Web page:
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Vincent Cassel: Mercenary is tired of espionage, murder in 'Liaison'

Vincent Cassel and Eva Green star in "Liaison." Photo courtesy of Apple TV+
1 of 5 | Vincent Cassel and Eva Green star in "Liaison." Photo courtesy of Apple TV+

NEW YORK, March 31 (UPI) -- Westworld, Mesrine and Black Swan actor Vincent Cassel says Gabriel Delage is a mercenary sick of espionage and politics when audiences meet him in the thriller, Liaison.

Wrapping up its first season on Apple TV+ on Friday, the French- and English-language series takes place mainly in the Middle East and co-stars Eva Green, Peter Mullan, Gérard Lanvin, Daniel Francis, Stanislas Merhar, Irène Jacob and Thierry Frémont.

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It was created and written by Virginie Brac, and directed by Stephen Hopkins.

"He's a mercenary, so he is somebody who worked for more or less everybody," Cassel told UPI in a recent Zoom interview.

"He has seen behind the curtain the real politics that run the world, so he has become very cynical," the 56-year-old, French actor added.

"He's lonely. He's tired of doing those jobs for such a long time and he's in love with someone who treats him like [expletive]. He's complex. He's human. He's realistic, somehow."

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Although his line of work is dangerous, the lure of big paydays motivate him to take tremendous risks.

"I had the opportunity to meet those guys who are doing these jobs for real," Cassel said. "It starts sometimes because of adventure, mostly because they are very talented and they had the opportunity. It was good money."

But it's also a young man's game.

"When you get around your 50s, which was the case of my character, maybe you want something else because it can be an exciting life for a moment," Cassel said.

"At a certain point, if you kill a few hundred people in your life and you never had a family life, if you have kids you can't just see, you miss seeing them growing, I guess you just want to take a rest."

The people who employ operatives like Gabriel don't care about work-life balance, however.

"Unfortunately, I don't think you can take a rest. If you made that choice earlier on in your life, you can never really stop," Cassel said. "The minute you are not useful anymore, you know too much."

In addition to emotional and psychological challenges, the role of Gabriel also was physically demanding.

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"I run around a lot. I fight. I get kicked. It was kind of physical, but that's not what I remember about the shoot. I remember being involved in incredible scenes with Eva Green," Cassel said.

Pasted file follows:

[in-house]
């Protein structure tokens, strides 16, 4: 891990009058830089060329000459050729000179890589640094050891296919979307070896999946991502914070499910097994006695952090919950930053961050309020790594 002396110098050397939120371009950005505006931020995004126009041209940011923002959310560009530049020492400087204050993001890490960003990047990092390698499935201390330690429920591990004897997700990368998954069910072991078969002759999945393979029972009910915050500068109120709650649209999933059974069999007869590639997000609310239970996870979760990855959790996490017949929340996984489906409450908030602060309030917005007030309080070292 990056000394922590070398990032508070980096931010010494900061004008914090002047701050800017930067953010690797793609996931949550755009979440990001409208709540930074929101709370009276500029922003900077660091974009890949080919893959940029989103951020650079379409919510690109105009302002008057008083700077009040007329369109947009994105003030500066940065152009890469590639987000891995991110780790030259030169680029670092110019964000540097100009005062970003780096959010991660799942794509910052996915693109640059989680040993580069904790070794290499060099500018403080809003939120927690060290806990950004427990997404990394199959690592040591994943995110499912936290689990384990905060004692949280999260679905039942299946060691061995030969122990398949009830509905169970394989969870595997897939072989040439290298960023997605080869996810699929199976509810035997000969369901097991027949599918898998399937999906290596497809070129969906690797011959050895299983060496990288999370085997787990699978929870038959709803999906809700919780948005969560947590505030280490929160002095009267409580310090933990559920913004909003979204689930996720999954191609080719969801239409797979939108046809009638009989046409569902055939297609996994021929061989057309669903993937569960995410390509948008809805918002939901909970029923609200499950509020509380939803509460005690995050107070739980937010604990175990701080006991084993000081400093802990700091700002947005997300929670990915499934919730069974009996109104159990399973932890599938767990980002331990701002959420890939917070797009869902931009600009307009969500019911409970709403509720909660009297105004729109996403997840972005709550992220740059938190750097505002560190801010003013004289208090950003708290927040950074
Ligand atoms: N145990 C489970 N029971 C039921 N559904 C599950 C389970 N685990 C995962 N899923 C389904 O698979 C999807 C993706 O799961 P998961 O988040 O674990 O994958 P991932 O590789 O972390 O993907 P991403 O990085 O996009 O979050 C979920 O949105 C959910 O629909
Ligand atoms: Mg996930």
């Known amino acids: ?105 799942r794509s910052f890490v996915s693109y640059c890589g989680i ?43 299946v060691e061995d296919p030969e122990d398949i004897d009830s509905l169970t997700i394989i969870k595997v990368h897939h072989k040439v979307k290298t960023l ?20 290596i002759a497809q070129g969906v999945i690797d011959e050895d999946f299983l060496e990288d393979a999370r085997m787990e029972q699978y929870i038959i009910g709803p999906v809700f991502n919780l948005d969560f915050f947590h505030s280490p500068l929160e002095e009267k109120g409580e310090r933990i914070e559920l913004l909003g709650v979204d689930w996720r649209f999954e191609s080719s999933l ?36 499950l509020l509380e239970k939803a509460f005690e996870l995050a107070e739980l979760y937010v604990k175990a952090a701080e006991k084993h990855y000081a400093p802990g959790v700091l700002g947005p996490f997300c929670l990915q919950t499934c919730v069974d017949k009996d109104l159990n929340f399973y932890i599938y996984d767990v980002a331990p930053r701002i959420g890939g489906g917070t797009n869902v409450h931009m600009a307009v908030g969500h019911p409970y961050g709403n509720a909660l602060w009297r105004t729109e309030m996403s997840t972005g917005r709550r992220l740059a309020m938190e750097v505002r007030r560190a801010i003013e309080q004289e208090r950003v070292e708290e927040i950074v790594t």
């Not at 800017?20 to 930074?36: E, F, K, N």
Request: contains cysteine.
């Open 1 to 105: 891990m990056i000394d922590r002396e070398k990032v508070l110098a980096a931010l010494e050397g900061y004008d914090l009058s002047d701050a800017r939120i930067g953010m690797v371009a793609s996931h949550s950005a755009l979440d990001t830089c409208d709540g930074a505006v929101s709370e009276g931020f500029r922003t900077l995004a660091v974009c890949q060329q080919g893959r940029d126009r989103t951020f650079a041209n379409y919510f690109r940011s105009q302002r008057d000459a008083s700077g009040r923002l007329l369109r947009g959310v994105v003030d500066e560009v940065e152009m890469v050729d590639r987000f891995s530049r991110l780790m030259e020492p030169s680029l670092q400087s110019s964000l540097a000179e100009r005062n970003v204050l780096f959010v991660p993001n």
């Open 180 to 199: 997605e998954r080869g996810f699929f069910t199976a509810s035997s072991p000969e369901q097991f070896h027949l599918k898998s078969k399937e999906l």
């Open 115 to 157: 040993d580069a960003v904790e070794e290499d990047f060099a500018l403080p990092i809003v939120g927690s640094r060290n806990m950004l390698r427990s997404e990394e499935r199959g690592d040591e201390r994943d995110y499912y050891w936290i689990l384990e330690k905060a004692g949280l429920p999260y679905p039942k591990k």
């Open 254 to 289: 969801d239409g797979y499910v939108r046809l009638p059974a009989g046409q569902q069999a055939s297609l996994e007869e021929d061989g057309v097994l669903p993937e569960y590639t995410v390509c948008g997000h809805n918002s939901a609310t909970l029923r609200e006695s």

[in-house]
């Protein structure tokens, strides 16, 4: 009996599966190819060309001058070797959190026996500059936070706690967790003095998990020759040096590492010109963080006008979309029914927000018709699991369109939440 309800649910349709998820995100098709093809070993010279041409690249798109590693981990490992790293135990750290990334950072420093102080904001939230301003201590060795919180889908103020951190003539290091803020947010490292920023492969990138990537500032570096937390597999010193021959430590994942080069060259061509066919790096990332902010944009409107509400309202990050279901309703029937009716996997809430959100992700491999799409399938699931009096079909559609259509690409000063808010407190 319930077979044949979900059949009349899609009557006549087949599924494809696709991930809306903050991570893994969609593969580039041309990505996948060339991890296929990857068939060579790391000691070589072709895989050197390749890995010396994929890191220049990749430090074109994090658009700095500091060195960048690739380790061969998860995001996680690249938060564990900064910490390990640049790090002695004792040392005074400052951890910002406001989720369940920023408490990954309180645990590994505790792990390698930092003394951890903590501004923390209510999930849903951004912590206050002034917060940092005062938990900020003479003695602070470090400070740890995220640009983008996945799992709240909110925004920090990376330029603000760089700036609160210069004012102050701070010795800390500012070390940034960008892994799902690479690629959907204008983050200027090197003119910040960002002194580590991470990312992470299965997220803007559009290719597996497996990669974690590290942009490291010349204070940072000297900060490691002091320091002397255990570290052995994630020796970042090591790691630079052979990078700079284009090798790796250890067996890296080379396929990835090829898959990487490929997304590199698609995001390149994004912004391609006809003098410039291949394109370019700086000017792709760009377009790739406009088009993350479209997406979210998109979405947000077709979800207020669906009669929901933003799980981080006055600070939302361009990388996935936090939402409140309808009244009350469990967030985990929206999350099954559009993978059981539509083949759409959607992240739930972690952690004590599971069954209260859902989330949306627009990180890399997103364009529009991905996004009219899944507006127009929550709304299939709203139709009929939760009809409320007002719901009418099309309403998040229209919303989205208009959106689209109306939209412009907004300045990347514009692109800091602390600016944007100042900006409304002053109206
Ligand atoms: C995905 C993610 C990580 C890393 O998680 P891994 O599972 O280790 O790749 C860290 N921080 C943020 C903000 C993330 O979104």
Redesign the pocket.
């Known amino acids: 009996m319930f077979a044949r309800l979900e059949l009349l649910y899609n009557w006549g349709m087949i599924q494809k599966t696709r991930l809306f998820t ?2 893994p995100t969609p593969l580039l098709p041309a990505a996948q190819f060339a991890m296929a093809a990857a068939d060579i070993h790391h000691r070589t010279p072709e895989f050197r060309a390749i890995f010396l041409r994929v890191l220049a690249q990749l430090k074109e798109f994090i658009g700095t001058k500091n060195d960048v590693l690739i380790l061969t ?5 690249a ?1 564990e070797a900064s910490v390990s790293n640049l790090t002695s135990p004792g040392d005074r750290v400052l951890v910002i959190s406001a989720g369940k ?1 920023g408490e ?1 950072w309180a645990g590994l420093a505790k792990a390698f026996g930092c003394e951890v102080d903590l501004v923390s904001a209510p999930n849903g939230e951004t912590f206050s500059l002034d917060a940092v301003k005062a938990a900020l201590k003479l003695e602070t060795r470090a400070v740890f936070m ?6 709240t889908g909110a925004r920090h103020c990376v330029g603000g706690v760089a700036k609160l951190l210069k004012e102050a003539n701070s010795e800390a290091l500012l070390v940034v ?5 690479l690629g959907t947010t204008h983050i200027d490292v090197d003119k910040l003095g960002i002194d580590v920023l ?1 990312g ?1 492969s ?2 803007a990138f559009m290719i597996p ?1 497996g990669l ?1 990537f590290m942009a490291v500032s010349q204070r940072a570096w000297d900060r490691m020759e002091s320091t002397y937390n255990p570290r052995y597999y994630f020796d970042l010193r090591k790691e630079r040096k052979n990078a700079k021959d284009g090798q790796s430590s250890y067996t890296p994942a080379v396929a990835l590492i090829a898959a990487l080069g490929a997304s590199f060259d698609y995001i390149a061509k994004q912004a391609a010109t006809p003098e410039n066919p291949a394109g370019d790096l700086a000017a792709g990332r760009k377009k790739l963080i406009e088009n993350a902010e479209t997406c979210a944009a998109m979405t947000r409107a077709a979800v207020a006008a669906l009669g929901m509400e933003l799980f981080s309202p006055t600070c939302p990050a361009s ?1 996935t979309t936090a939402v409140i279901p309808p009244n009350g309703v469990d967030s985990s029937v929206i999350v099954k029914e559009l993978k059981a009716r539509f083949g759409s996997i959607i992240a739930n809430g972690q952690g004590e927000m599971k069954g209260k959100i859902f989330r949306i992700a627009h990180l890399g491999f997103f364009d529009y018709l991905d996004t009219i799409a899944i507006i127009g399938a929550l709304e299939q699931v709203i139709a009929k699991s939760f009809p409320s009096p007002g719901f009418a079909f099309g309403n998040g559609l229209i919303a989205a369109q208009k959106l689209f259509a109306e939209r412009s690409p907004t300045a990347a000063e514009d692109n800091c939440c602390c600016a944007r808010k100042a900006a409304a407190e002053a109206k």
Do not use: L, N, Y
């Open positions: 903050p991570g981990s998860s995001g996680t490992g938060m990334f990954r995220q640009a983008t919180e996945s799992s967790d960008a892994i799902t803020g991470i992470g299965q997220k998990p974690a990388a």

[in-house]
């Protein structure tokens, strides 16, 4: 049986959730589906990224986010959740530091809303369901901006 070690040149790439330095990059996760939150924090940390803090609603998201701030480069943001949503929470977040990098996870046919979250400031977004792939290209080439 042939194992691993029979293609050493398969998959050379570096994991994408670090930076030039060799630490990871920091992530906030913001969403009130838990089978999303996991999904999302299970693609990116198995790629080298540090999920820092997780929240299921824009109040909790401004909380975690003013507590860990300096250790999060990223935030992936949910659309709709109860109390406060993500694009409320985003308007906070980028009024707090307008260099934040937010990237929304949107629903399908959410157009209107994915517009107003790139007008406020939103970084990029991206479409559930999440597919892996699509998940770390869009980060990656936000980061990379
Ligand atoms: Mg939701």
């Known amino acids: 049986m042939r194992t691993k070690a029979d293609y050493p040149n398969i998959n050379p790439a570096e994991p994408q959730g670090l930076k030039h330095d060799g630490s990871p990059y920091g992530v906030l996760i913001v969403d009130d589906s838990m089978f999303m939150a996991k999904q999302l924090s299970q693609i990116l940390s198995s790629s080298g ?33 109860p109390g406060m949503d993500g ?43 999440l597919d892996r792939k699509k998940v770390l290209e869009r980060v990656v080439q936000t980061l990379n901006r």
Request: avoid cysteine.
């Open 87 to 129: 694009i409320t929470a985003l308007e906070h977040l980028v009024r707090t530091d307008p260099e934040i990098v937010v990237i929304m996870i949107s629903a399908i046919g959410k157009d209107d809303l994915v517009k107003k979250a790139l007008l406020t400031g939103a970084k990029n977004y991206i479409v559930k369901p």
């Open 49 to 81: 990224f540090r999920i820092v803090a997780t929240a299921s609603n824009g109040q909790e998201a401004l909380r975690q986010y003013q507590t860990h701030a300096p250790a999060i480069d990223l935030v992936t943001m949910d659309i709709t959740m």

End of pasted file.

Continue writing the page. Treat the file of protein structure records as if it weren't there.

He described his co-star from Liaison and the upcoming Three Musketeers as "mysterious and elegant," and recalled being a fan of hers for years before finally getting to work with her.

"It's my Eva Green year and if I could do a few movies in a row with her, I wouldn't mind."

Working on Liaison showed Cassel how vulnerable companies and countries can be to cyber attacks and terrorism.

"We don't know half of it, honestly. What the public eye knows is nothing compared to reality. I really believe so," the actor said.

"Maybe it's better like that because, otherwise, people would be totally crazy and depressed, which is already the case on many occasions, but I think it would be worse. Real politics is really dirty."

Cassel said he likes working on projects that are fast-paced and fun to watch, but that also address big, serious issues that reflect reality.

"It is supposed to be cinematic and entertaining, but at the same time, we talk about human relationships and the complexity of it and the fact that you have to live with the remorse of our past errors," the actor said of Liaison.

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"You have this environment and this background of political reality, even though it is in the future. Everything that happens in the series could actually eventually happen.

The show premiered shortly after an enormous real-life earthquake devastated Syria and Turkey, killing tens of thousands of people.

Cassel said he felt a connection to the region because much of the story in Liaison takes place there, but also for a more personal reason -- his adult daughter was in Istanbul at the time.

"I woke up to the news and was calling and trying to understand what was going on, but we know that Turkey is actually in a very critical place in the world and they are not prepared for it, so when [expletive] happens, it is going to be a mess," he said.

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